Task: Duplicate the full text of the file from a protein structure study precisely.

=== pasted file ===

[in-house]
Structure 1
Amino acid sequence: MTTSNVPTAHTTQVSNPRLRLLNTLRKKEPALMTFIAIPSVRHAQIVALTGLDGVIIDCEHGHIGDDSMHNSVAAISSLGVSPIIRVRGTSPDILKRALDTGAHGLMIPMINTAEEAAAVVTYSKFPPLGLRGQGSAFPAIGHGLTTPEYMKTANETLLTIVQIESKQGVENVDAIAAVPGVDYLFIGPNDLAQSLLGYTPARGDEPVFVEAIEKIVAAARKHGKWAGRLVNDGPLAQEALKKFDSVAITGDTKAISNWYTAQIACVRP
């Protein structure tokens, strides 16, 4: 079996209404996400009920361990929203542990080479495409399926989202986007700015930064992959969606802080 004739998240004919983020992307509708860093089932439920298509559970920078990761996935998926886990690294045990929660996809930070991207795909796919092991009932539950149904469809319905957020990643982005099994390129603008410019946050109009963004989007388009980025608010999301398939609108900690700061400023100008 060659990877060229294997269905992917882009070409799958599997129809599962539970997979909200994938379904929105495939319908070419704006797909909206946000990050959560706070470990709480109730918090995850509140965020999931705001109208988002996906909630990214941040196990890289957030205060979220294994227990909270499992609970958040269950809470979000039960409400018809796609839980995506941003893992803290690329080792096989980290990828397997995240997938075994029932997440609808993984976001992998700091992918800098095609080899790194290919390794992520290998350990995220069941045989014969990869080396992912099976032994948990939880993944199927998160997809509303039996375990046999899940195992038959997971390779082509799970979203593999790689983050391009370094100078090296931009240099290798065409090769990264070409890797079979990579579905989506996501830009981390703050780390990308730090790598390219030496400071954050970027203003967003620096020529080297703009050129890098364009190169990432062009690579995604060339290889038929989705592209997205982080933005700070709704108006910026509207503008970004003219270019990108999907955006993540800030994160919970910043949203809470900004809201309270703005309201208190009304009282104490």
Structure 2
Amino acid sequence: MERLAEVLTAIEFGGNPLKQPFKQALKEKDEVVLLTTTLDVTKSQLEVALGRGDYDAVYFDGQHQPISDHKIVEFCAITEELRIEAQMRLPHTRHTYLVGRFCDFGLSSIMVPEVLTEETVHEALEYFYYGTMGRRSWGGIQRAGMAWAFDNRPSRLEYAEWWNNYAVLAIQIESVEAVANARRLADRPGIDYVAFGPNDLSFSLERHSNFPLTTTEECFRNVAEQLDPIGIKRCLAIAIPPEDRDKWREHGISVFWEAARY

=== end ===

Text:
[in-house]
Structure 1
Amino acid sequence: MTTSNVPTAHTTQVSNPRLRLLNTLRKKEPALMTFIAIPSVRHAQIVALTGLDGVIIDCEHGHIGDDSMHNSVAAISSLGVSPIIRVRGTSPDILKRALDTGAHGLMIPMINTAEEAAAVVTYSKFPPLGLRGQGSAFPAIGHGLTTPEYMKTANETLLTIVQIESKQGVENVDAIAAVPGVDYLFIGPNDLAQSLLGYTPARGDEPVFVEAIEKIVAAARKHGKWAGRLVNDGPLAQEALKKFDSVAITGDTKAISNWYTAQIACVRP
């Protein structure tokens, strides 16, 4: 079996209404996400009920361990929203542990080479495409399926989202986007700015930064992959969606802080 004739998240004919983020992307509708860093089932439920298509559970920078990761996935998926886990690294045990929660996809930070991207795909796919092991009932539950149904469809319905957020990643982005099994390129603008410019946050109009963004989007388009980025608010999301398939609108900690700061400023100008 060659990877060229294997269905992917882009070409799958599997129809599962539970997979909200994938379904929105495939319908070419704006797909909206946000990050959560706070470990709480109730918090995850509140965020999931705001109208988002996906909630990214941040196990890289957030205060979220294994227990909270499992609970958040269950809470979000039960409400018809796609839980995506941003893992803290690329080792096989980290990828397997995240997938075994029932997440609808993984976001992998700091992918800098095609080899790194290919390794992520290998350990995220069941045989014969990869080396992912099976032994948990939880993944199927998160997809509303039996375990046999899940195992038959997971390779082509799970979203593999790689983050391009370094100078090296931009240099290798065409090769990264070409890797079979990579579905989506996501830009981390703050780390990308730090790598390219030496400071954050970027203003967003620096020529080297703009050129890098364009190169990432062009690579995604060339290889038929989705592209997205982080933005700070709704108006910026509207503008970004003219270019990108999907955006993540800030994160919970910043949203809470900004809201309270703005309201208190009304009282104490």
Structure 2
Amino acid sequence: MERLAEVLTAIEFGGNPLKQPFKQALKEKDEVVLLTTTLDVTKSQLEVALGRGDYDAVYFDGQHQPISDHKIVEFCAITEELRIEAQMRLPHTRHTYLVGRFCDFGLSSIMVPEVLTEETVHEALEYFYYGTMGRRSWGGIQRAGMAWAFDNRPSRLEYAEWWNNYAVLAIQIESVEAVANARRLADRPGIDYVAFGPNDLSFSLERHSNFPLTTTEECFRNVAEQLDPIGIKRCLAIAIPPEDRDKWREHGISVFWEAARY